P, I like your answer and advice to Keith. Actually your answer came in to my mail JUST AFTER

  16. Doreen Says:

    Woops, that went by accident before I’d finished.

    P your answer actually came into my mail just after I’d submitted mine.

    It’s a great answer which should give encouragement to those who have been typing with bad habits, by showing them that with the determination you had, and persevering over a long time – you reached your goal.

    Good for you.

  17. P Says:

    Doreen, I think people seem to put way too much emphasis on typing without looking, and not enough on the benefits of just using the right fingers.

    To be able to do both is great, but one’s really hard to learn, and the other is fairly easy, but still has a lot of benefits. The other can come later.

  18. Doreen Says:

    P, what you say here does make sense because to make typing easy by using less energy and bringing better accuracy and speed, first we need to know the location of each key and which finger is nearest to it, which of course means we automatically use the best finger for each key.

    And I agree that many do this while still looking at the keyboard, but I’m sure you would agree that if you are looking at the keyboard while typing you can spot any error quickly, but over time an experienced typist can usually actually realise right away when they’ve made an error and stop to correct it.

    I think the advantage of being able to type without looking at the keyboard is most helpful when typing from a printed copy, because it helps you keep your eyes on that copy and not loose your place.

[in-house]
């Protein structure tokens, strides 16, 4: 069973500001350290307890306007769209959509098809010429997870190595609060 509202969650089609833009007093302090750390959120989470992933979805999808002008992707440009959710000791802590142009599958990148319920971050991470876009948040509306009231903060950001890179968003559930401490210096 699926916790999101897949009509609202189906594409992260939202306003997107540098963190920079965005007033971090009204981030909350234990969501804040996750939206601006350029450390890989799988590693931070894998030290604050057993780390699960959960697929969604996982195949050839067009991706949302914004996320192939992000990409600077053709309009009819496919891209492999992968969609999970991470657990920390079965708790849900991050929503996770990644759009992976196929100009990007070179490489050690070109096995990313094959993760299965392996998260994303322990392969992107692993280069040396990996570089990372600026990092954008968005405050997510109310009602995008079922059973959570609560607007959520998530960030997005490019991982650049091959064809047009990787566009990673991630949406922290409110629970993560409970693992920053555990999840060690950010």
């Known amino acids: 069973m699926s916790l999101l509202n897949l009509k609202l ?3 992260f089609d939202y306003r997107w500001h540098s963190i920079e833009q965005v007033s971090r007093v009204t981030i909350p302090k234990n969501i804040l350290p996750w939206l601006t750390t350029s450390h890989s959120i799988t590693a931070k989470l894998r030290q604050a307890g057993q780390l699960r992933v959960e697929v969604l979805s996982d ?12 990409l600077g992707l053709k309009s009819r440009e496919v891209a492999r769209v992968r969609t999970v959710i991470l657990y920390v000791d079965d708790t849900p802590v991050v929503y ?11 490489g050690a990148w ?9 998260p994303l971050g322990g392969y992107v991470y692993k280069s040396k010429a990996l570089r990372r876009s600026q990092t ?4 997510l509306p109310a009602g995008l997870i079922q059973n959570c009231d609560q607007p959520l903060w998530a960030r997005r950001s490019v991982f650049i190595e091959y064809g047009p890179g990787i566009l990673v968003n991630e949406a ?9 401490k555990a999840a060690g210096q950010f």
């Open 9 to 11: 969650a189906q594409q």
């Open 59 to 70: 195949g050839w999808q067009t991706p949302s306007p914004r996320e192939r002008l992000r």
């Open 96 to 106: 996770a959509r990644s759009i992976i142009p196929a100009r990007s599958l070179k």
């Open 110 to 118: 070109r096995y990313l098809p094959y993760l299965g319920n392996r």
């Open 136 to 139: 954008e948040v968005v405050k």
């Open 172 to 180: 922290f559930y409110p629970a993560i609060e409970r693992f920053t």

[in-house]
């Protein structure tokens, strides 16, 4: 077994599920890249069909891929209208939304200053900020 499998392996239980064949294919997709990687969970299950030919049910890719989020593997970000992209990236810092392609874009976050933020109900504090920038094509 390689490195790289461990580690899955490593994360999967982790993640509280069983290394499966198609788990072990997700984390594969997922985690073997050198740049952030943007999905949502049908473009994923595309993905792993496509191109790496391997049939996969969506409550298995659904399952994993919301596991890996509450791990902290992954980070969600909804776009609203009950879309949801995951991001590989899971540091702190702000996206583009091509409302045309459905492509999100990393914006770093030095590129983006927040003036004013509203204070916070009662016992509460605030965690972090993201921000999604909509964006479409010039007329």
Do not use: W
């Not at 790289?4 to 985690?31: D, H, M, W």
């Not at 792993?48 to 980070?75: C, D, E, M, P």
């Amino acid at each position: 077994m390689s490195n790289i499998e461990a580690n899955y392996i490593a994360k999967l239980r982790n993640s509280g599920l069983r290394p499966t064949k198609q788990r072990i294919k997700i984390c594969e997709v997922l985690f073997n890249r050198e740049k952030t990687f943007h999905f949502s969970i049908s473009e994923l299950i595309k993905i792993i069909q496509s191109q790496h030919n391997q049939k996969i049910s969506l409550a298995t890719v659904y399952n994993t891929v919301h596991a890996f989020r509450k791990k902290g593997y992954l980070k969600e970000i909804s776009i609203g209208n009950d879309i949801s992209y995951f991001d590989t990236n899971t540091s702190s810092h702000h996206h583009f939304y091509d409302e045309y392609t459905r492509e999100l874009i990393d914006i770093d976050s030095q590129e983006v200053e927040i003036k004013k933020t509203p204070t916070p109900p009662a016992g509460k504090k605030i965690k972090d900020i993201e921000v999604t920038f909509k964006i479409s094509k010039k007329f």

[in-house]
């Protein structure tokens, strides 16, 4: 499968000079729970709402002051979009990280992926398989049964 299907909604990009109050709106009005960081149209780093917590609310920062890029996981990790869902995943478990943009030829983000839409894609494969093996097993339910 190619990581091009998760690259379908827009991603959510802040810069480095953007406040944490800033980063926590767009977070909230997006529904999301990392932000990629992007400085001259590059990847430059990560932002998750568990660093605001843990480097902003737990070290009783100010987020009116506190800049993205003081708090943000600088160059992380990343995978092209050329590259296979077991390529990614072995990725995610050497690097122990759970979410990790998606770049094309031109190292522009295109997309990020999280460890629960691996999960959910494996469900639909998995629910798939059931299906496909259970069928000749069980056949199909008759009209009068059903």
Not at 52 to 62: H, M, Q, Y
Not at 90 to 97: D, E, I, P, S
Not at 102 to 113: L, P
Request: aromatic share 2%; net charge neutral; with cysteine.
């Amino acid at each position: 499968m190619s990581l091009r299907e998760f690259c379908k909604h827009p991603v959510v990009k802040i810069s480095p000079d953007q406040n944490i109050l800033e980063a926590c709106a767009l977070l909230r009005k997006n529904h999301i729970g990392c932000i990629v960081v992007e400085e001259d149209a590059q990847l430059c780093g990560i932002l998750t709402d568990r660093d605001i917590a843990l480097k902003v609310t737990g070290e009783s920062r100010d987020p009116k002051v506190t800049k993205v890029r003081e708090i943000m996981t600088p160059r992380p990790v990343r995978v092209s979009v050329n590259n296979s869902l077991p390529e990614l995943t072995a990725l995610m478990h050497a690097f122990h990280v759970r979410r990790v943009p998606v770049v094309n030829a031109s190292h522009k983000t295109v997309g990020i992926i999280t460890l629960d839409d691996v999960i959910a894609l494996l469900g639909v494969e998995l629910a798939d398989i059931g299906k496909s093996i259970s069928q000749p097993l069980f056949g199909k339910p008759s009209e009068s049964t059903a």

But each must weigh up all these things and in the end type the way it suits them to get the work done in good time with a minimum on correcting needed.

    Good on you for mastering the number keys and marking the 4 and 7 as you have done will be a helpful hint for others.

  19. P Says:

    Yes, the benefits of being able to type without looking are enormous. But when people think of the task of learning to touch type, they see it as an near impossible do or die effort, so they don’t try.

    What I meant was that just changing to using the right fingers is something anyone can try with not too much effort.

  20. Doreen Says:

    P, you have put it in straight words, the important facts. Good to dialogue with you.

  21. Vishal Says:

    i learned to to touch type at the age of eight, it makes school work a lot easier. i have practiced my skill for five years so am thirteen now and i believe it to be one of best decisions i have ever made in my life, i haven’t and will not regret it.i seriously recommend it; try bbc dancemat online!

  22. Doreen Says:

    Good for you Vistal. This is what I love to hear. I’m sure you will find your touch typing skills very useful in your senior school years for taking notes and typing assignments and on to a career.

  23. Doreen Says:

    Well Vistal, I had a look at bbc dancemat on line and, well, it’s different, cute, uses good drills before it introduces new keys and words after. Moves bit slowly and often stalls but some will like it.

  24. Naomi Says: